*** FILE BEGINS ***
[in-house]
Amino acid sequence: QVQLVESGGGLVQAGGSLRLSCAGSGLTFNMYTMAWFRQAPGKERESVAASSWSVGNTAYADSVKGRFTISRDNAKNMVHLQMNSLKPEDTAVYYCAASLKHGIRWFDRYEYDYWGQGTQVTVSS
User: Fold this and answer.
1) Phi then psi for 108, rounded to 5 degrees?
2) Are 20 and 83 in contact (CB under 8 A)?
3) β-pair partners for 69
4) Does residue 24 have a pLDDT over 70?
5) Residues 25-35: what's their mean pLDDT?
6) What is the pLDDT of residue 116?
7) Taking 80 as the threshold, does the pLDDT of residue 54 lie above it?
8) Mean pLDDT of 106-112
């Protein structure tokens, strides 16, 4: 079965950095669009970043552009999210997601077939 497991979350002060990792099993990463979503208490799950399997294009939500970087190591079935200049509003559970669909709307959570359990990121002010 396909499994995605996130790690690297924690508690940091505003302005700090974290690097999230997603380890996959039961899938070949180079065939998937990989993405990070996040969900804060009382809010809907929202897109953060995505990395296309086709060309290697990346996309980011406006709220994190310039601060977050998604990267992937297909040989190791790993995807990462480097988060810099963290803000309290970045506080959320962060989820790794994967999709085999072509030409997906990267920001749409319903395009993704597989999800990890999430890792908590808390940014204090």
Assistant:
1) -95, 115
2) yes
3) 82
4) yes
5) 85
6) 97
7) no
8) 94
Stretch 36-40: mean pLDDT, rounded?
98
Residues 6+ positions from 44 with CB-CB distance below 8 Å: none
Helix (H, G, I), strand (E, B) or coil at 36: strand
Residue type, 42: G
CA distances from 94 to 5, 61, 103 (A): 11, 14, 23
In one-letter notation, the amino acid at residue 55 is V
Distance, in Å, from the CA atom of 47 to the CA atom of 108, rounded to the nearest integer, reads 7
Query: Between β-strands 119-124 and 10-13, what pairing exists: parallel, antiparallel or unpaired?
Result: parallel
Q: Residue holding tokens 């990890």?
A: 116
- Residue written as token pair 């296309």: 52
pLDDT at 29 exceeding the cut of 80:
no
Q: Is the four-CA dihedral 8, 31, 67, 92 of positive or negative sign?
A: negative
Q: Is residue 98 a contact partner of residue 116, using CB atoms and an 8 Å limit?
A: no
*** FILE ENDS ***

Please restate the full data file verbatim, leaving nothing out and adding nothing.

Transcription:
[in-house]
Amino acid sequence: QVQLVESGGGLVQAGGSLRLSCAGSGLTFNMYTMAWFRQAPGKERESVAASSWSVGNTAYADSVKGRFTISRDNAKNMVHLQMNSLKPEDTAVYYCAASLKHGIRWFDRYEYDYWGQGTQVTVSS
User: Fold this and answer.
1) Phi then psi for 108, rounded to 5 degrees?
2) Are 20 and 83 in contact (CB under 8 A)?
3) β-pair partners for 69
4) Does residue 24 have a pLDDT over 70?
5) Residues 25-35: what's their mean pLDDT?
6) What is the pLDDT of residue 116?
7) Taking 80 as the threshold, does the pLDDT of residue 54 lie above it?
8) Mean pLDDT of 106-112
């Protein structure tokens, strides 16, 4: 079965950095669009970043552009999210997601077939 497991979350002060990792099993990463979503208490799950399997294009939500970087190591079935200049509003559970669909709307959570359990990121002010 396909499994995605996130790690690297924690508690940091505003302005700090974290690097999230997603380890996959039961899938070949180079065939998937990989993405990070996040969900804060009382809010809907929202897109953060995505990395296309086709060309290697990346996309980011406006709220994190310039601060977050998604990267992937297909040989190791790993995807990462480097988060810099963290803000309290970045506080959320962060989820790794994967999709085999072509030409997906990267920001749409319903395009993704597989999800990890999430890792908590808390940014204090």
Assistant:
1) -95, 115
2) yes
3) 82
4) yes
5) 85
6) 97
7) no
8) 94
Stretch 36-40: mean pLDDT, rounded?
98
Residues 6+ positions from 44 with CB-CB distance below 8 Å: none
Helix (H, G, I), strand (E, B) or coil at 36: strand
Residue type, 42: G
CA distances from 94 to 5, 61, 103 (A): 11, 14, 23
In one-letter notation, the amino acid at residue 55 is V
Distance, in Å, from the CA atom of 47 to the CA atom of 108, rounded to the nearest integer, reads 7
Query: Between β-strands 119-124 and 10-13, what pairing exists: parallel, antiparallel or unpaired?
Result: parallel
Q: Residue holding tokens 């990890």?
A: 116
- Residue written as token pair 């296309």: 52
pLDDT at 29 exceeding the cut of 80:
no
Q: Is the four-CA dihedral 8, 31, 67, 92 of positive or negative sign?
A: negative
Q: Is residue 98 a contact partner of residue 116, using CB atoms and an 8 Å limit?
A: no